new dog

Discussion in 'Hunting Dogs Talk' started by henderson616, Jun 8, 2009.

  1. henderson616

    henderson616 New Member

    Messages:
    13
    State:
    washington
    i have a german sheperd/black lab mix. is it good for any hunting?
     
  2. Poppa

    Poppa New Member

    Messages:
    1,233
    State:
    Pinson, Al
    I have seen several dogs thru the years that were mixed and did
    a good job in the field. One of the best tree dogs I have ever seen
    was half airdale and half redbone his only fault he was silent on the
    trail but would blow the top out of a tree. A dog with all the blood
    line in the world and not trained or hunted will never be very good.
    But a smart dog that understands what you want and is kept in the
    woods and really worked can be a good dog. Labs are trained to
    to retreive and some are trained to work close and flush. German
    shepards are trained as trackers of men and drug dogs. It just
    depends how much time you have to work him. What he is lacking
    in instinct will have to be over come with hard work. A dog like this
    might make a great dog to work on a leash and track wounded big
    game.(Blood trails)
     

  3. poisonpits

    poisonpits Well-Known Member Supporting Member

    Messages:
    9,758
    State:
    arkansas
    Name:
    johnnie
    use to have a friend in baycity texas that used germans for hog dogs.didnt catch real well but were great bay dogs.had an uncle that used a white german for squriels and he done good so like the post before mine just put him in the woods and he should be ok.
     
  4. henderson616

    henderson616 New Member

    Messages:
    13
    State:
    washington
    im new at this so how wou ld i train him? he knows all the basic commands.
     
  5. Bubstr

    Bubstr New Member

    Messages:
    18
    State:
    Illinois
    As all dogs, the same as people, are not created equal, the only choice you have is to run him up the flag pole and see who salutes.

    I have been a dog trainer, a dog trainers trainer, a breeder, exhibitor and judge. I like to start training my dogs at around 8 weeks old. I started with Pointers and Labs and when my wheels fell off I switched to bulldogs. The main thing to training dogs is to learn to speak dog. That means understanding that dogs are dogs, not little people. they being pack animals depend on the people, or dogs around them. there is a pack order and you and all the people in your dogs life are above him in that pack order. This may sound harsh, but this is a dog and he is happier when he has disciplined structure. It is when they don't have this, they get confused and misbehave. This is when they stop being that loving pet. You owe it to the dog and yourself to lead the pack and make it a pleasant way of life for both.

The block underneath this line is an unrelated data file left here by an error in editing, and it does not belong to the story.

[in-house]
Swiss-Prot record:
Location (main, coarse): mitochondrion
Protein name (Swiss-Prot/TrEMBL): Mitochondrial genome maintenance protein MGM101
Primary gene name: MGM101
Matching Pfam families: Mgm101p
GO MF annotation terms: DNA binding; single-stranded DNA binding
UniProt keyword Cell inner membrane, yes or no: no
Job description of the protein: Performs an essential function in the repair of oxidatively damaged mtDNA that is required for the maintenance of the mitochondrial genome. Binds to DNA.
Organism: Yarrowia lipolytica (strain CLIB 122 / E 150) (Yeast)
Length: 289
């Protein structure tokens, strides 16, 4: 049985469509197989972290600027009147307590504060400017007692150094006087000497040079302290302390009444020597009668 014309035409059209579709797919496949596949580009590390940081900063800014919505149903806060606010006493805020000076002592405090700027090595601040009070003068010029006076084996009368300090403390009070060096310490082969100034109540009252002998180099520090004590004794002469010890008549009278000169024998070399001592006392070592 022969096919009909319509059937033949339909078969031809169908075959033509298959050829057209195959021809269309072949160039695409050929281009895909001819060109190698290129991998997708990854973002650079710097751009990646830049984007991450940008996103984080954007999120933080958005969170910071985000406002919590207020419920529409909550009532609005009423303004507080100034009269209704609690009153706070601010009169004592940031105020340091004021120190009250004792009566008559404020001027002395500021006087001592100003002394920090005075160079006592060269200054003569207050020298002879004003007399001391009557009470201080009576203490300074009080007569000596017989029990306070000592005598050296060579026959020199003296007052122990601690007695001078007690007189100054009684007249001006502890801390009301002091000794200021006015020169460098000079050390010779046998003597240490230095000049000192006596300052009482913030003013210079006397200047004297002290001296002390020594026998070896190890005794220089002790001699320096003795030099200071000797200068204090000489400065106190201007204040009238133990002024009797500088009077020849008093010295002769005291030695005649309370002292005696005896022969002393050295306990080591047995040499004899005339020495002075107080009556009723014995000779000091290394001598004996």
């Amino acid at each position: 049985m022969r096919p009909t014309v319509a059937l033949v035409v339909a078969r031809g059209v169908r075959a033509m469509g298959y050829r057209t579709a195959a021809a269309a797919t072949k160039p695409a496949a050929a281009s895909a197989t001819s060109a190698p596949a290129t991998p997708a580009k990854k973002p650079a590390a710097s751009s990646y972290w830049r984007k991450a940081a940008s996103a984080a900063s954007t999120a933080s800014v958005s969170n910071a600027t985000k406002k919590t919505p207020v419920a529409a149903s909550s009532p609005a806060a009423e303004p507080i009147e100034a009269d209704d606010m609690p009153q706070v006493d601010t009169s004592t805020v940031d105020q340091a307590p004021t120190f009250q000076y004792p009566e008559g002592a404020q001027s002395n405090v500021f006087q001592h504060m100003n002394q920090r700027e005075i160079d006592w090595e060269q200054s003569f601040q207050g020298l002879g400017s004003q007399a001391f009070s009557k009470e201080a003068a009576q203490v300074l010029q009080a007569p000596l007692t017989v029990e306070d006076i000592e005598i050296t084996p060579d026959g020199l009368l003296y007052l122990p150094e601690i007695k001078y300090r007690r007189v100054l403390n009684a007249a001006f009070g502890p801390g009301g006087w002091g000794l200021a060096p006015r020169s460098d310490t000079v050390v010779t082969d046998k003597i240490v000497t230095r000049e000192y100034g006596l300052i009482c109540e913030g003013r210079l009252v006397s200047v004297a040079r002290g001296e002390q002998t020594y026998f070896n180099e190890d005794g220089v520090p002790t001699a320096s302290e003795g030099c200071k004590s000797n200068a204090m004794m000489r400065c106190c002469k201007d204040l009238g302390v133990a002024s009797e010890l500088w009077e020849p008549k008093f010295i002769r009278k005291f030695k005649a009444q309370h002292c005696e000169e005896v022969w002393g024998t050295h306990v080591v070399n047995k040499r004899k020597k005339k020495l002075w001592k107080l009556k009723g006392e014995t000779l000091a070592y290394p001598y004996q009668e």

To do this you never need to hurt the dog. If you take notes from his mother, you will see you need two things to train. A bond, (affection between you and the dog), and guidance, in a way he can understand. This is talking dog. This involves voice, (high or low, soft or loud) If his mom don't want him to do something, she uses low growl. If she is pleased her sound gets higher. If she is calm She will be more quiet than when she is excited. To train you must be calm most of the time. This is the key to voice command reinforcement.

    Lets put this in practice with your dog. Retrieving is an asset for most hunting dogs. Take a towel roll it up in a roll and tie with string tight. then tease the dog with it. When he takes it in his mouth your voice gets higher with good boys and belly rubs and fanny scratches. You just said he did good in dog talk. Now suppose he drops it and his attention gets fixed on something else. A firm gentle nudge with hand or foot and a low no, says you disapproved and also regained his attention. In a little while you will have, what the call a frantic retriever. This is the building block to retrieve bird or track sent by changing sent of the retrieved object.

    All training is done as building blocks. Start with basic obedience, heeling, siting and coming to you. Never give a command if you can't make him do it. Like sit, you say sit, pull up on leash and press down on fanny all at the same time and with your happy voice say what a good job he did. In a few times even the slowest dog will be trying to beat the pull of the leash and the press of the hand. Not that they hurt but that it pleased you. As you can see, with a good bond and the right dog talk, you can achieve anything.

    My last twenty years was devoted to Bulldogs for conformation shows. You can not make a Bulldog do anything. You make them like you and ask.

    I seen another post here, about potty training. If you know what goes in the dog and when, you know when it will come out. Keep the dog very clean and if he has an accident immediately run him out to show where and if he does something out there, use that high good boy voice. One other thing. Roll up a newspaper real tight and when dog goes on the floor, take the newspaper and hit yourself on the head and repeat, 'I did not watch my puppy". I like to put a bell on a cord buy the door and use their nose to ring it every time they go out. This saves on barking and door scratching. You get out of a dog, exactly what you put in.